MU Theatre set to perform 'Pride and Prejudice' for final production
This weekend marks the final performances.
Apr. 26, 2011
Passion and fury collide in the MU Theatre Department revival of “Pride and Prejudice,” the department’s final play of the season.
With corsets, dazzling chandeliers and old-world humor, “Prejudice” will be the same classic love story but has been cut down in length.
The play was adapted for the stage and directed by Theatre Department Assistant Professor Cheryl Black.
Black said she had no issues with altering the script, as she felt it would provide the audience a better opportunity to enjoy the production.
“I loved the previous adaptations to the stage but felt that I could try my own because I didn’t want anything crazy,” Black said. “I am introducing the story that Jane Austen wrote to all who don’t know who she is because it seems to be a piece people love and want to see, some for the first time, because this piece hasn’t been performed often at the university.”
Junior Naomi Lafond, who plays the role of Elizabeth Bennett, said through Black’s vision, the project maintains a newer feel college viewers will relate to.
“The most important thing for me when rehearsing was to not recreate Keira Knightley’s performance in the film version, which is something professor Black is adamant about us not doing,” Lafond said. “I want to keep my part fresh and interesting, so that people can still see the character as she is but make her more relatable.”
With the quicker pace for the play, different sets had to be set up simultaneously for scenes. Eight sets in total will be used during the production, depicting scenes in a park, a ballroom and the Bennett’s household.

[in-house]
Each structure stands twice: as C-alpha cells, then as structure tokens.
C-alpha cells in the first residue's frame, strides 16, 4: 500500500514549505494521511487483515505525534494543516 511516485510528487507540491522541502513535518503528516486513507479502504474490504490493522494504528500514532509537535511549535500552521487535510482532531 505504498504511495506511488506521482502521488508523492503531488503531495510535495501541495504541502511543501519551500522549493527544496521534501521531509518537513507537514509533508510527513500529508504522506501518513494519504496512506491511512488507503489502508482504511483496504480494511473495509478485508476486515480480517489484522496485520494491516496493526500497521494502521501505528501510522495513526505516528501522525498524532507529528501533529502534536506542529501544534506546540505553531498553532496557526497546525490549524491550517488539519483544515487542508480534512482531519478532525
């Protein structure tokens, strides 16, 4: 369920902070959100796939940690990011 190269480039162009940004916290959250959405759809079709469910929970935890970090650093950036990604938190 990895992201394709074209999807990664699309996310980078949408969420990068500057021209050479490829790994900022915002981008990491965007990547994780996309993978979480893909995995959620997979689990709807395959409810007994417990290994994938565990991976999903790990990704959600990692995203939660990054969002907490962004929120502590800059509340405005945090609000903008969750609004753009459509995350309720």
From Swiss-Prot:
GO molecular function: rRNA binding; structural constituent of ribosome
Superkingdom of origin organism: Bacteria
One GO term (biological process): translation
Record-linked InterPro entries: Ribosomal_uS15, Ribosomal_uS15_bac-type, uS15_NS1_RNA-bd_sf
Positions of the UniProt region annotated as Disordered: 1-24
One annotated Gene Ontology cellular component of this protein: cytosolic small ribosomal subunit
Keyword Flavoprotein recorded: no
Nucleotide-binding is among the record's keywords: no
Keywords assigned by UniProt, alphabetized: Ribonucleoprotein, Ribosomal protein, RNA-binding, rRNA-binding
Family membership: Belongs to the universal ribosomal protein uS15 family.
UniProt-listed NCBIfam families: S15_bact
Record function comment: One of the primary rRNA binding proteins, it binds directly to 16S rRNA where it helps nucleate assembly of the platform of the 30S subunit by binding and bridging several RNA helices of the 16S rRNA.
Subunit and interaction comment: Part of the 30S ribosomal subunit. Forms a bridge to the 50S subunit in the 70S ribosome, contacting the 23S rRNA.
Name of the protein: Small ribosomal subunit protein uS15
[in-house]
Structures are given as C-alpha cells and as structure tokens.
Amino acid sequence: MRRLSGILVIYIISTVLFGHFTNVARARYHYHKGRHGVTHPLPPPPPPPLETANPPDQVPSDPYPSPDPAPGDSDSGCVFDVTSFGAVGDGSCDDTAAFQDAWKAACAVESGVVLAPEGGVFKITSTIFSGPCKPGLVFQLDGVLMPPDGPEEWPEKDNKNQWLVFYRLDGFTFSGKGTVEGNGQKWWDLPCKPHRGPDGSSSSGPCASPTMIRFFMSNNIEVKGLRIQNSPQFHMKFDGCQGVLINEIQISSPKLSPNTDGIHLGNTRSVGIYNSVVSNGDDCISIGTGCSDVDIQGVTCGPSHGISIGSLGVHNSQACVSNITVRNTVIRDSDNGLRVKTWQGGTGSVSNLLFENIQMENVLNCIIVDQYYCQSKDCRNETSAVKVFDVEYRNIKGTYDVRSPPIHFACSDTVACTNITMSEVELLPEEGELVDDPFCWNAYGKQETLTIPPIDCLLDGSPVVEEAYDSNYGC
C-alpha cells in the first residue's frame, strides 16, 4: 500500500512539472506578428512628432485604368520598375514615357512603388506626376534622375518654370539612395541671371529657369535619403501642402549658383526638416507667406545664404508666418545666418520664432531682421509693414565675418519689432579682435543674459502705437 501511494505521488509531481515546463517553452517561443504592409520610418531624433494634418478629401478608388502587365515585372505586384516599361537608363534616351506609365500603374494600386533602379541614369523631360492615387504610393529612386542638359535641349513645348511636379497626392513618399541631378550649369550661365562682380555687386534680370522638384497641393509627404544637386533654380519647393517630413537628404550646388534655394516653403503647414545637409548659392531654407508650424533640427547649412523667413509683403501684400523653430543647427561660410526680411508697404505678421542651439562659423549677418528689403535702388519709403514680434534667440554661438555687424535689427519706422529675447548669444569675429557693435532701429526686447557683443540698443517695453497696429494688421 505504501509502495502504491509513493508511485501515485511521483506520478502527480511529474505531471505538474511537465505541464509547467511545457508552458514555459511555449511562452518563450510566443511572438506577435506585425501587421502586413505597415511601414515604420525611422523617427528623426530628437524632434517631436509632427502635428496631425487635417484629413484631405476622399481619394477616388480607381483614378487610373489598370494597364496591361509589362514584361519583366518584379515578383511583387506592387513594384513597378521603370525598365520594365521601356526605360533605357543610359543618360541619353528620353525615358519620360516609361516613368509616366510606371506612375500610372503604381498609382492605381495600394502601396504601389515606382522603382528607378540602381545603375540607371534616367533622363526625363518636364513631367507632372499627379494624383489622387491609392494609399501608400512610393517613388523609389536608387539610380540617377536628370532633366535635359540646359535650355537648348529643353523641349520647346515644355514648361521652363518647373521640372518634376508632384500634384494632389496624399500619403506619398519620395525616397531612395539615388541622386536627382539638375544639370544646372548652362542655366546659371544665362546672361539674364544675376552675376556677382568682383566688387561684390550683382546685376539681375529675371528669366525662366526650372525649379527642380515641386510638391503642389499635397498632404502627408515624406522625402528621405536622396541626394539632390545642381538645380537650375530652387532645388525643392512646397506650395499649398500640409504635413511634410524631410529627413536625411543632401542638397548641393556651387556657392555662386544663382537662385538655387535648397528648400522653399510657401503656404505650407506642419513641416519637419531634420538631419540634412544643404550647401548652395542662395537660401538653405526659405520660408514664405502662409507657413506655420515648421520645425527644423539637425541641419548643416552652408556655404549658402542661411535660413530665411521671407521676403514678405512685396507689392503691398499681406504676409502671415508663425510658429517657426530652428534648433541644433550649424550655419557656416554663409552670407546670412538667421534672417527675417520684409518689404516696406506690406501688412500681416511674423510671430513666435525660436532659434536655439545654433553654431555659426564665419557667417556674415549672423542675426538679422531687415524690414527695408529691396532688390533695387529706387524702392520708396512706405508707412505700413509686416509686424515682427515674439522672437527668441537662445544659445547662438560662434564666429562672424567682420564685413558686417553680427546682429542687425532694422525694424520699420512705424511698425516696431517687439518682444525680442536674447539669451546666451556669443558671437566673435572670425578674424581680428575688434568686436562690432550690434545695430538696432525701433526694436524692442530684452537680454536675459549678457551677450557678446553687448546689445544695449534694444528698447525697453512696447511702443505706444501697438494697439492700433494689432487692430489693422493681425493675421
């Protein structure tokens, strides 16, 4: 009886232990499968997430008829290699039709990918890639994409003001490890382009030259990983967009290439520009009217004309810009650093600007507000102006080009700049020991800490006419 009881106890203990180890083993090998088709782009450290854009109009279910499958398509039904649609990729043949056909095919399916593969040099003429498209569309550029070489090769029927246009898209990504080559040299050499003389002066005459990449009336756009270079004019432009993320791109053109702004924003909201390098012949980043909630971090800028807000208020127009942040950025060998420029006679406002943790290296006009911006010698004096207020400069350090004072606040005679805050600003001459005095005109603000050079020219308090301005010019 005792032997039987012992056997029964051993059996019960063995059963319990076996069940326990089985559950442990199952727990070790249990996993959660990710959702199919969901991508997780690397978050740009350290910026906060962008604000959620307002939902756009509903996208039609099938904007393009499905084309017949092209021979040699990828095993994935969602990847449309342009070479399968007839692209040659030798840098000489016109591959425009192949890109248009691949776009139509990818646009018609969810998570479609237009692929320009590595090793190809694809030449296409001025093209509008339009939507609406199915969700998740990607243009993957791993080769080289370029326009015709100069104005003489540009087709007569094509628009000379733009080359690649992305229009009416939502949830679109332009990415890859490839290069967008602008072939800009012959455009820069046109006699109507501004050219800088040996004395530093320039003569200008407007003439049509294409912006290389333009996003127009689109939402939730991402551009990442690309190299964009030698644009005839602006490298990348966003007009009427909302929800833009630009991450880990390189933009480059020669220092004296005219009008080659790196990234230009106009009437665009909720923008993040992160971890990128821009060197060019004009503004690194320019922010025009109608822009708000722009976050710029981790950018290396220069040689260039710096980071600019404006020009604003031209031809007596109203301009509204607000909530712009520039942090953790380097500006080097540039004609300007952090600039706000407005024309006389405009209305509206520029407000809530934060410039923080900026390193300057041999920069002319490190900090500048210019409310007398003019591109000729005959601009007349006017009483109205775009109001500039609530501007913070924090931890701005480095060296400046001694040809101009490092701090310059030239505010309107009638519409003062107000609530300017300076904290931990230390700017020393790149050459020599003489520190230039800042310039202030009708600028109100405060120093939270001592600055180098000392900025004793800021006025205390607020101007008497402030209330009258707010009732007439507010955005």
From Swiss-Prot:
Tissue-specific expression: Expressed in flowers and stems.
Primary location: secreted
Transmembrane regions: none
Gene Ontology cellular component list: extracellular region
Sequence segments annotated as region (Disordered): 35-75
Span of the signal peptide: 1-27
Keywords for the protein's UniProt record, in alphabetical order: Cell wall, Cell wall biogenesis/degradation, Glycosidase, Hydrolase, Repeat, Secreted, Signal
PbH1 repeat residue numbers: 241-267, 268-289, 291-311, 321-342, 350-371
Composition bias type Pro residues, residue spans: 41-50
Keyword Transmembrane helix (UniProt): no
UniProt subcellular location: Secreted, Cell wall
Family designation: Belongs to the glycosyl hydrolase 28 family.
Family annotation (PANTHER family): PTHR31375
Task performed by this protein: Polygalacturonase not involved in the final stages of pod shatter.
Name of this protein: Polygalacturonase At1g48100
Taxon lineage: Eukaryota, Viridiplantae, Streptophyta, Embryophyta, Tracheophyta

Black said the sets transport the audience into a different time period.
“I feel that with the different sets, we are providing viewers time travel because those with vivid imaginations love going from place to place,” Black said. “The impression we want to give off is that we are truly transcending time and place with not only the sets, but the overall ambience of the production.”
Sophomore Peter Smith, who plays the role of Mr. Darcy, said the message of compassion and love is a reason to see the play because these topics are still relevant.
“People will look at this feature and call it old at first but see the relationship between Darcy and Elizabeth and relate instantly,” Smith said. “It is a testament to Jane Austen’s work that people still get affected from her words because they are simply true observations of the dynamics of love. It transcends all generations.”